HomeBusinessJust Eat Takeaway losses exceed €1bn as expansion costs take toll

Just Eat Takeaway losses exceed €1bn as expansion costs take toll


Delivery giant Just Eat Takeaway losses widen to beyond €1bn as expansion costs outweigh surging revenue growth

  • The food delivery platform saw losses rising by around sevenfold from 2020
  • Just Eat was impacted by much higher marketing, courier and staff wage costs
  • Its revenue grew by €1.3bn to €5.3bn as takeaway orders rose across all regions 


Just Eat Takeaway losses climb sharply to over €1billion in 2021 as a significant jump in orders failed to make up for heavy investment in the firm’s expansion. 

The food delivery platform reported losses rising by around sevenfold from the previous year, even as Covid-related lockdown restrictions helped boost the volume of takeaway orders by a third to €1.1billion (£920million).

It was impacted by massive cost increases on processing orders, employee salaries and couriers as a consequence of investing far more money towards enlarging the business, especially in traditionally underfunded territories.

Expansion: Just Eat was impacted by massive cost increases on couriers, employee wages and processing orders resulting from investments made to expand its market share

Significantly higher marketing spending lifted costs further, primarily due to its acquisition of Chicago-based Grubhub, but also from sponsoring the UEFA Euro 2020 Football Championship.

This growth in costs far outpaced the gains in total revenue, which grew from just under €4billion in 2020 to €5.3billion last year thanks to demand for takeaways surging in all regions.

On an underlying basis, only the group’s Northern European business posted a profit as it gained market share and benefited from a higher value of average orders during periods of strict lockdown curbs and a hike in delivery fees.

It would have made an underlying profit in North America had it decided not to grant voluntary rebates or been forced to impose compulsory delivery fee caps on many states, provinces, and cities like New York City and San Francisco.

Meanwhile, its decision to cut delivery fees for a time in the British Isles hit its profitability in the region, though the business said this also reflected extra investment in the area.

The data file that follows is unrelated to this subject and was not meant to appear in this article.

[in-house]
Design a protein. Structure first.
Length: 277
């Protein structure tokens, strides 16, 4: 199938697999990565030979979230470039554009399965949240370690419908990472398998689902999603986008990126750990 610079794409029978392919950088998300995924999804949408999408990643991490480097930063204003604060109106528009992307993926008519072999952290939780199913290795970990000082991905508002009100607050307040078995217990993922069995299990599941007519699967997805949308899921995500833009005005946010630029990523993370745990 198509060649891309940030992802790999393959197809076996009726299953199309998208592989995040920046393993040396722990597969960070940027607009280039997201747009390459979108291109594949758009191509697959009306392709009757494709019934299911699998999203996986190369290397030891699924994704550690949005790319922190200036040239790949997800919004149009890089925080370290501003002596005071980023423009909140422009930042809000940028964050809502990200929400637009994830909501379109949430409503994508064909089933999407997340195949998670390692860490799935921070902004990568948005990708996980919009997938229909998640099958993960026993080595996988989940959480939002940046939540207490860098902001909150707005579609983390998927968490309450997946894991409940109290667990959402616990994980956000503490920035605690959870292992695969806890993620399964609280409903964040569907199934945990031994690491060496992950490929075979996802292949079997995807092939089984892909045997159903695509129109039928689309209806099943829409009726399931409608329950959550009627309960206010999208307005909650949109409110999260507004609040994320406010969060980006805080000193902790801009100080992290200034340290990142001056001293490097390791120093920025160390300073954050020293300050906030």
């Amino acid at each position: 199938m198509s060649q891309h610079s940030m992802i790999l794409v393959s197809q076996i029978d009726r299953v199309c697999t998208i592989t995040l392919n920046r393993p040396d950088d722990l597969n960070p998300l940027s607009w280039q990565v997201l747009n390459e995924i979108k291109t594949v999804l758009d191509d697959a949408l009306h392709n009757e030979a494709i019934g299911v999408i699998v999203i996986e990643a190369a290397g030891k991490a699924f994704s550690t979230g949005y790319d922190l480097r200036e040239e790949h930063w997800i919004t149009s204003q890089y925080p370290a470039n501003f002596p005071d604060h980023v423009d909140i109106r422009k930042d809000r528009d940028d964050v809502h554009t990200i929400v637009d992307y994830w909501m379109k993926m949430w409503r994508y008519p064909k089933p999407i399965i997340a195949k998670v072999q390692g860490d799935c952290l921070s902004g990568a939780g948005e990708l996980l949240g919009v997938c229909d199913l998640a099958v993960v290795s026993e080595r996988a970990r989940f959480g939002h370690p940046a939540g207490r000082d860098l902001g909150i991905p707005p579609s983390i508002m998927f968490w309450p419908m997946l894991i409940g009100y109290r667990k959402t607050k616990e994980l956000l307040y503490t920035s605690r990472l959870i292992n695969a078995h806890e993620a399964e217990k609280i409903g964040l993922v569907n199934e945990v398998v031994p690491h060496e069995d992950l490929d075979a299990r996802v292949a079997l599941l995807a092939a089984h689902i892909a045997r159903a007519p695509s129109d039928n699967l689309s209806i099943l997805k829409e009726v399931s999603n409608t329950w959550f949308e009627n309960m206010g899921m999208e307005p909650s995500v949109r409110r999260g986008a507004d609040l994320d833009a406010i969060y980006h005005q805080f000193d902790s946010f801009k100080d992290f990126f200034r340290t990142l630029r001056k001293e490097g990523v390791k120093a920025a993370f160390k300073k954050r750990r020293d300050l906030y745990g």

Yet Just Eat’s chief executive Jitse Groen said the firm had seen its losses peak in the first half of 2021 and, thanks to the investments it has undertaken, is ‘now rapidly progressing towards profitability’.

Profit: Just Eat CEO Jitse Groen said the firm had seen its losses peak and, thanks to the investments it has undertaken, is 'now rapidly progressing towards profitability'

Profit: Just Eat CEO Jitse Groen said the firm had seen its losses peak and, thanks to the investments it has undertaken, is ‘now rapidly progressing towards profitability’

The London-headquartered company is targeting an underlying profit margin of between -0.6 per cent to -0.8 per cent of its gross transaction value (GTV) compared to -1.2 per cent last year.

In the long-term, it aims to accomplish an earnings margin of more than 5 per cent of GTV and add another €30billion in GTV in the coming five years.

To help reach this goal, the group has decided it will stop operating in Norway and Portugal from the start of April and delist its shares from the Nasdaq stock exchange to reduce costs and complexity associated with compliance rules.

It has also added €1.1billion in convertible bonds 13 months ago and negotiated a €300million loan in December, giving it a balance sheet of €1.3billion at the end of last year.

Just Eat Takeaway shares were up 2 per cent to £29.43 just after 11am on Wednesday, meaning its value has fallen by nearly 30 per cent since the start of 2022 and by more than half over the last 12 months.

Decline: Just Eat Takeaway shares have seen their value fall by nearly 30 per cent since the start of 2022 and by more than half over the last 12 months

Decline: Just Eat Takeaway shares have seen their value fall by nearly 30 per cent since the start of 2022 and by more than half over the last 12 months

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